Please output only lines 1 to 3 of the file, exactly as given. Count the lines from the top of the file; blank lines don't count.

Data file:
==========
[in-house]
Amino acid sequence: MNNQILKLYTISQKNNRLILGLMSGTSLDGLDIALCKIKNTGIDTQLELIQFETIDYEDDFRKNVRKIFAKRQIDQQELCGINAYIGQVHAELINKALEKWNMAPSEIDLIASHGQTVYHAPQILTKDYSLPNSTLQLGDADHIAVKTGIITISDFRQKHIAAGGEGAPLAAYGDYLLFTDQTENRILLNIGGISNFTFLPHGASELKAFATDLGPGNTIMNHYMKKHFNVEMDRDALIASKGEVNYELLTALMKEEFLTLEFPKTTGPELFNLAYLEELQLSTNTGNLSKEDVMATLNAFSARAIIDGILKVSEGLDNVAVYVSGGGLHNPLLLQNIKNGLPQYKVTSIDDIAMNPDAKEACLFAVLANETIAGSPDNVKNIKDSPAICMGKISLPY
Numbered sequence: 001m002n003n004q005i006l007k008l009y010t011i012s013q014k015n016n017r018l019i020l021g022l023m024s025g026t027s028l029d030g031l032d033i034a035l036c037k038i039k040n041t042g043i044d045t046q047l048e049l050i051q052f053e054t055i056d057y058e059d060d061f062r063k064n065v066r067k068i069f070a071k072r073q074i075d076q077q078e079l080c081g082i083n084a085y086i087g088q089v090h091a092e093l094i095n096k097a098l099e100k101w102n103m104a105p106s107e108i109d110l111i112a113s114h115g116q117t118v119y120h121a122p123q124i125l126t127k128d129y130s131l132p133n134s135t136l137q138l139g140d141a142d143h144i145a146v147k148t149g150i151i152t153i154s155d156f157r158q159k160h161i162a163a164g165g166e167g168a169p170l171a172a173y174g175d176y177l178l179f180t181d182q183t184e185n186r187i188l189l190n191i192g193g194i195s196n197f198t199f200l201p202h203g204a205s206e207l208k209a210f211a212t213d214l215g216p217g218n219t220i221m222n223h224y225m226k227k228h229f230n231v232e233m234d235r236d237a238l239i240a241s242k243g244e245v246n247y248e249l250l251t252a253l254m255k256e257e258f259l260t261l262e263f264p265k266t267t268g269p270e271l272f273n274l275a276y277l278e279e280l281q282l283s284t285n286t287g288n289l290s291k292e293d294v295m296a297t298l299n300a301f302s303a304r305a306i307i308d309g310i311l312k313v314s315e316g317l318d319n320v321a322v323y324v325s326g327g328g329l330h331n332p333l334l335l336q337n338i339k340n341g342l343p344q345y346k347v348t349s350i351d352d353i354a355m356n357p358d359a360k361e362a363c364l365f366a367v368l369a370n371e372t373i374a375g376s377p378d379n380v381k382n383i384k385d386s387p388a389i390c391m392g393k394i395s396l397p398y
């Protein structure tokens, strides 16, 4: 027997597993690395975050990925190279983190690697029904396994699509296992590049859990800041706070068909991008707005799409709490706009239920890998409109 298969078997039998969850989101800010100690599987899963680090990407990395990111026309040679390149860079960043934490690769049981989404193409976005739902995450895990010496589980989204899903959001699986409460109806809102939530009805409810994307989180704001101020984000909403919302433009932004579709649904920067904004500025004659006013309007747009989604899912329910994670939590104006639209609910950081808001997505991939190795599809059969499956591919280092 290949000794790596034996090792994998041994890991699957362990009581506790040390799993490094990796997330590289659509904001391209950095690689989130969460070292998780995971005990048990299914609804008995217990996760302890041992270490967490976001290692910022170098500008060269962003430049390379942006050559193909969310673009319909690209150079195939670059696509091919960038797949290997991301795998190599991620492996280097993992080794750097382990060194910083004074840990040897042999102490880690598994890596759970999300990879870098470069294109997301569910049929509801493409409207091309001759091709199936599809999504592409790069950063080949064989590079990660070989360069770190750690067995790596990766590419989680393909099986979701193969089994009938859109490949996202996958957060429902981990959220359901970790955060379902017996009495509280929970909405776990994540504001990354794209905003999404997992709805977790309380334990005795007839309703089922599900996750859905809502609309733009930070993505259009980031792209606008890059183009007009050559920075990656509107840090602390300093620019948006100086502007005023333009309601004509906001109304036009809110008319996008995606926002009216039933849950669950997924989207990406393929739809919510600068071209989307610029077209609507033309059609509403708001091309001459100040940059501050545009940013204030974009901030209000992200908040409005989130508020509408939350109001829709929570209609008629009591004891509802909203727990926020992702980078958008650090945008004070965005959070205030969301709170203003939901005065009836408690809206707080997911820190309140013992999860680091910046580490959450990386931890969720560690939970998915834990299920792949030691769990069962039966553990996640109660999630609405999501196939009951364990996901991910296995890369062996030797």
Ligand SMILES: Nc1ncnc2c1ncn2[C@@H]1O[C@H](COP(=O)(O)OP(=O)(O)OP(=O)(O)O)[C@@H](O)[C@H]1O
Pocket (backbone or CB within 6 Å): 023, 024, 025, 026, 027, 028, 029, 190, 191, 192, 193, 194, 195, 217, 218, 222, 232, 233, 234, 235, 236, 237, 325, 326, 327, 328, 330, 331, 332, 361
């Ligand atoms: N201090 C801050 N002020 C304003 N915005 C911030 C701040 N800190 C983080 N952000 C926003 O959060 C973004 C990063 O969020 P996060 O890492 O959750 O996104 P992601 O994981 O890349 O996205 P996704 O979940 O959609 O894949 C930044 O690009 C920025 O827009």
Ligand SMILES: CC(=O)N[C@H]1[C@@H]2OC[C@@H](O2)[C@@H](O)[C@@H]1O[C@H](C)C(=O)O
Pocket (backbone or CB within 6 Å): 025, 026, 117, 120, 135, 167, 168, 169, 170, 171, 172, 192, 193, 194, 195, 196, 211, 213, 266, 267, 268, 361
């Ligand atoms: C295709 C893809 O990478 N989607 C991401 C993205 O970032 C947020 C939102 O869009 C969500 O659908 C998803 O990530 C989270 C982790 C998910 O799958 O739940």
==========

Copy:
[in-house]
Amino acid sequence: MNNQILKLYTISQKNNRLILGLMSGTSLDGLDIALCKIKNTGIDTQLELIQFETIDYEDDFRKNVRKIFAKRQIDQQELCGINAYIGQVHAELINKALEKWNMAPSEIDLIASHGQTVYHAPQILTKDYSLPNSTLQLGDADHIAVKTGIITISDFRQKHIAAGGEGAPLAAYGDYLLFTDQTENRILLNIGGISNFTFLPHGASELKAFATDLGPGNTIMNHYMKKHFNVEMDRDALIASKGEVNYELLTALMKEEFLTLEFPKTTGPELFNLAYLEELQLSTNTGNLSKEDVMATLNAFSARAIIDGILKVSEGLDNVAVYVSGGGLHNPLLLQNIKNGLPQYKVTSIDDIAMNPDAKEACLFAVLANETIAGSPDNVKNIKDSPAICMGKISLPY
Numbered sequence: 001m002n003n004q005i006l007k008l009y010t011i012s013q014k015n016n017r018l019i020l021g022l023m024s025g026t027s028l029d030g031l032d033i034a035l036c037k038i039k040n041t042g043i044d045t046q047l048e049l050i051q052f053e054t055i056d057y058e059d060d061f062r063k064n065v066r067k068i069f070a071k072r073q074i075d076q077q078e079l080c081g082i083n084a085y086i087g088q089v090h091a092e093l094i095n096k097a098l099e100k101w102n103m104a105p106s107e108i109d110l111i112a113s114h115g116q117t118v119y120h121a122p123q124i125l126t127k128d129y130s131l132p133n134s135t136l137q138l139g140d141a142d143h144i145a146v147k148t149g150i151i152t153i154s155d156f157r158q159k160h161i162a163a164g165g166e167g168a169p170l171a172a173y174g175d176y177l178l179f180t181d182q183t184e185n186r187i188l189l190n191i192g193g194i195s196n197f198t199f200l201p202h203g204a205s206e207l208k209a210f211a212t213d214l215g216p217g218n219t220i221m222n223h224y225m226k227k228h229f230n231v232e233m234d235r236d237a238l239i240a241s242k243g244e245v246n247y248e249l250l251t252a253l254m255k256e257e258f259l260t261l262e263f264p265k266t267t268g269p270e271l272f273n274l275a276y277l278e279e280l281q282l283s284t285n286t287g288n289l290s291k292e293d294v295m296a297t298l299n300a301f302s303a304r305a306i307i308d309g310i311l312k313v314s315e316g317l318d319n320v321a322v323y324v325s326g327g328g329l330h331n332p333l334l335l336q337n338i339k340n341g342l343p344q345y346k347v348t349s350i351d352d353i354a355m356n357p358d359a360k361e362a363c364l365f366a367v368l369a370n371e372t373i374a375g376s377p378d379n380v381k382n383i384k385d386s387p388a389i390c391m392g393k394i395s396l397p398y